Greek photographer Elias Chasiotis was the lucky man who was able to capture astonishing images in late December which appear to show giant red “devil’s horns” rising up out of the Persian Gulf during a solar eclipse.
The photos have gone completely viral around the world and have been republished in major international newspapers in the last several days.
While on holiday in Al Wakrah, Qatar, Chasiotis lay in wait in just the right spot on December 26 to snap the exceptionally rare spectacle as the sun was partially blocked by the moon at daybreak.
Chasiotis told interviewers from BoredPanda “I hoped that optical effects like inferior mirage would be visible and I was lucky enough to capture them.”
This type of mirage over the ocean actually has its own name, “Fata Morgana.” This is said to occur when rays of light are bent when they pass through layers of air which have different temperatures.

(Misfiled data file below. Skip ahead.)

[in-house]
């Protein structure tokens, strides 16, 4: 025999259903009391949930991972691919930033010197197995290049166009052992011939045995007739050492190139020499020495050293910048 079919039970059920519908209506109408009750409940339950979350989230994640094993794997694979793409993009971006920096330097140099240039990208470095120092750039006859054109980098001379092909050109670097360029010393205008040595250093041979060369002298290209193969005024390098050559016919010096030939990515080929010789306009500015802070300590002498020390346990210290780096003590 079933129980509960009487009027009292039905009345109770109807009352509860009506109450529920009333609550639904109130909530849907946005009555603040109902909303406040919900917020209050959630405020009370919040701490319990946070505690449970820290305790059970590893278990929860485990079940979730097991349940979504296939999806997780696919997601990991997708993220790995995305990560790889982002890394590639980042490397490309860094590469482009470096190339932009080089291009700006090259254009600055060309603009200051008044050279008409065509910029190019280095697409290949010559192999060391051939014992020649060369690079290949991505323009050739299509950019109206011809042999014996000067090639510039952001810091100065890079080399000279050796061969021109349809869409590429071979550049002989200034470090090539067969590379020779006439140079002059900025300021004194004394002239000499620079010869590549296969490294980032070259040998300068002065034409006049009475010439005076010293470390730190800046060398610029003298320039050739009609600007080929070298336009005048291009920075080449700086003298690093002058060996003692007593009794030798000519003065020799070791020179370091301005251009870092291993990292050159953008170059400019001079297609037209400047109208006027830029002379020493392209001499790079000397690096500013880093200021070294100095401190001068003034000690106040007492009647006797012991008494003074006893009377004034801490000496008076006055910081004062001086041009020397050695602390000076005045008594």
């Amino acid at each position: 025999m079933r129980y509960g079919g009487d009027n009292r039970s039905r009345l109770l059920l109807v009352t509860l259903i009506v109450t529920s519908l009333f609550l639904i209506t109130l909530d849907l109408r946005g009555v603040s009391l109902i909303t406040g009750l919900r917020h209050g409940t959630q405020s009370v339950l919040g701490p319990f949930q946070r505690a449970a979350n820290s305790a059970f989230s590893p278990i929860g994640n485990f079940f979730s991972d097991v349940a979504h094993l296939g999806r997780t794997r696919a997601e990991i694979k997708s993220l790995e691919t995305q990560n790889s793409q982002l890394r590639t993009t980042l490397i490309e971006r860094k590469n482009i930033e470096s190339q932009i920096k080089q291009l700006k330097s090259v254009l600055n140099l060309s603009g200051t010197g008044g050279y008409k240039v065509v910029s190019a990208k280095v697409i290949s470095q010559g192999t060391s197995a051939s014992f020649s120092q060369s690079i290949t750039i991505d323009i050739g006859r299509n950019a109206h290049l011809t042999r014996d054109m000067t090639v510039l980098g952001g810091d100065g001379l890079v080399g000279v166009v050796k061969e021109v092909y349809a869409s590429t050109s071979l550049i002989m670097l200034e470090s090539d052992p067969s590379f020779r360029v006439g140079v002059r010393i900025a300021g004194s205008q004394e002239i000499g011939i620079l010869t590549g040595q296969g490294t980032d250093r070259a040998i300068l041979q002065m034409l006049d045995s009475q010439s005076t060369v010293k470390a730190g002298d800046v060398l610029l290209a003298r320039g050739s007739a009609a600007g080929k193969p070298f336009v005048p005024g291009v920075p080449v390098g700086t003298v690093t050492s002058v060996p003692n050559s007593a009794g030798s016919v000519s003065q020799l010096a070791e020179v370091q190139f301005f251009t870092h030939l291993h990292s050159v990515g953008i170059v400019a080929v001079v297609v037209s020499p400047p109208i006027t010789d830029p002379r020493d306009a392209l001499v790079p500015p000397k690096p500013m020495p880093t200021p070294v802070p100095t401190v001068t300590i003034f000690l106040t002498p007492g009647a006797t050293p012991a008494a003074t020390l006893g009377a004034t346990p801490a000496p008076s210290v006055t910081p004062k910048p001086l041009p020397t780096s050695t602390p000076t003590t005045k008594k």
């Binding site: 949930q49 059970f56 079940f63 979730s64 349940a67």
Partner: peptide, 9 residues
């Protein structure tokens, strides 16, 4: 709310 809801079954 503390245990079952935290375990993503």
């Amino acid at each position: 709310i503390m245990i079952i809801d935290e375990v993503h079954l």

It is fantastically named after the sorceress of Arthurian legend, Morgan le Fay, because it was once believed that these mirages were fairy castles created by her witchcraft to lure sailors to their death.
Chasiotis explained to interviewers that “I was worried that nothing would come out of the eclipse. However, when the sun finally began to rise, it looked like two separate pieces, some sort of red horns piercing the sea.”
Some of my recent eclipse images, processed by the friend and professional photographer Iakovos Strikis
Posted by Elias Chasiotis on Sunday, January 5, 2020
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